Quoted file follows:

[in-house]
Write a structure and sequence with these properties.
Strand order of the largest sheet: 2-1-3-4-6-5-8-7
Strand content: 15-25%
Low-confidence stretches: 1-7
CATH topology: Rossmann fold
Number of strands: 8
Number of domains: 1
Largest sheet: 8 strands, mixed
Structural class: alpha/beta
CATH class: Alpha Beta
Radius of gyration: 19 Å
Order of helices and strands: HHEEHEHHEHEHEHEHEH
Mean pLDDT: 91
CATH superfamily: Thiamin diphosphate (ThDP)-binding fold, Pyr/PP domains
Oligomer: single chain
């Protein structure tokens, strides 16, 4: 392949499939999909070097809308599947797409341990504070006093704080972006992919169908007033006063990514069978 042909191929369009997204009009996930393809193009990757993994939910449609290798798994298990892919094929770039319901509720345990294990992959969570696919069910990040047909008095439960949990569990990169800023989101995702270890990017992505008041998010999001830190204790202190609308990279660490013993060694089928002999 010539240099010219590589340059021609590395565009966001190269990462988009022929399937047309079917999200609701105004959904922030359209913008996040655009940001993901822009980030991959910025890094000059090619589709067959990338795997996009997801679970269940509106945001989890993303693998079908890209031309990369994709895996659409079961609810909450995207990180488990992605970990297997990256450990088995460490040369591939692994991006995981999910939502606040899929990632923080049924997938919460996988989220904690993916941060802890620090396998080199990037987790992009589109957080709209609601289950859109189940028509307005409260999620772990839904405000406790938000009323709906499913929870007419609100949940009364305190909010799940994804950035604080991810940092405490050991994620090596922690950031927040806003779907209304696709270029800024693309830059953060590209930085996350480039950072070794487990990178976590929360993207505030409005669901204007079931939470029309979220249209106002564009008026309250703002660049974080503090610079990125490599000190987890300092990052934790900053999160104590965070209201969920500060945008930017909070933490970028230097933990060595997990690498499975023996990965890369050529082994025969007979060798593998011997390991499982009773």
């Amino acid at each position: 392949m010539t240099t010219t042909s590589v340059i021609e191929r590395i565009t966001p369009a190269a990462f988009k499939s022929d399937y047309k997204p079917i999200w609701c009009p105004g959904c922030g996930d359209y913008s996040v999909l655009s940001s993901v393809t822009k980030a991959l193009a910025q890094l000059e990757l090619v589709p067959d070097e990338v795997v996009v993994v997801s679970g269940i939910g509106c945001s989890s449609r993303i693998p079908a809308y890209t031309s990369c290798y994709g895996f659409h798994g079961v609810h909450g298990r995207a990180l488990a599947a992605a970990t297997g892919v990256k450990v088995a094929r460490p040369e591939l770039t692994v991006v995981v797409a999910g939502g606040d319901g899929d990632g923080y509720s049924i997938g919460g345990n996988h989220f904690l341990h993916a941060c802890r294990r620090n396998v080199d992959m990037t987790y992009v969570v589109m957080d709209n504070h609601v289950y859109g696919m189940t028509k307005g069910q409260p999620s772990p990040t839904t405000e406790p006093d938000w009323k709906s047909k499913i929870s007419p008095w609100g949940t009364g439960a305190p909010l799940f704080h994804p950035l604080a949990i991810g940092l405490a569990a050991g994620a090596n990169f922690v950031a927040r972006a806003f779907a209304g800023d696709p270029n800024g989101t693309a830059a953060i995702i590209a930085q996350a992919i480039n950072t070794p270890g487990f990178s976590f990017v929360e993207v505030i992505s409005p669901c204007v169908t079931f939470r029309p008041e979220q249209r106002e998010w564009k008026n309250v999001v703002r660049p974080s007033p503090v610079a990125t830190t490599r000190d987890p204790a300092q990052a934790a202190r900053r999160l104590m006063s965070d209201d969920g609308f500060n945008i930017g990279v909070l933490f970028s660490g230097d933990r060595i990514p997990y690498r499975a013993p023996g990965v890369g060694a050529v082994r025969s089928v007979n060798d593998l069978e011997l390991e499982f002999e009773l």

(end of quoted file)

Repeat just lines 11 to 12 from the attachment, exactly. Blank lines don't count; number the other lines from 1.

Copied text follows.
CATH class: Alpha Beta
Radius of gyration: 19 Å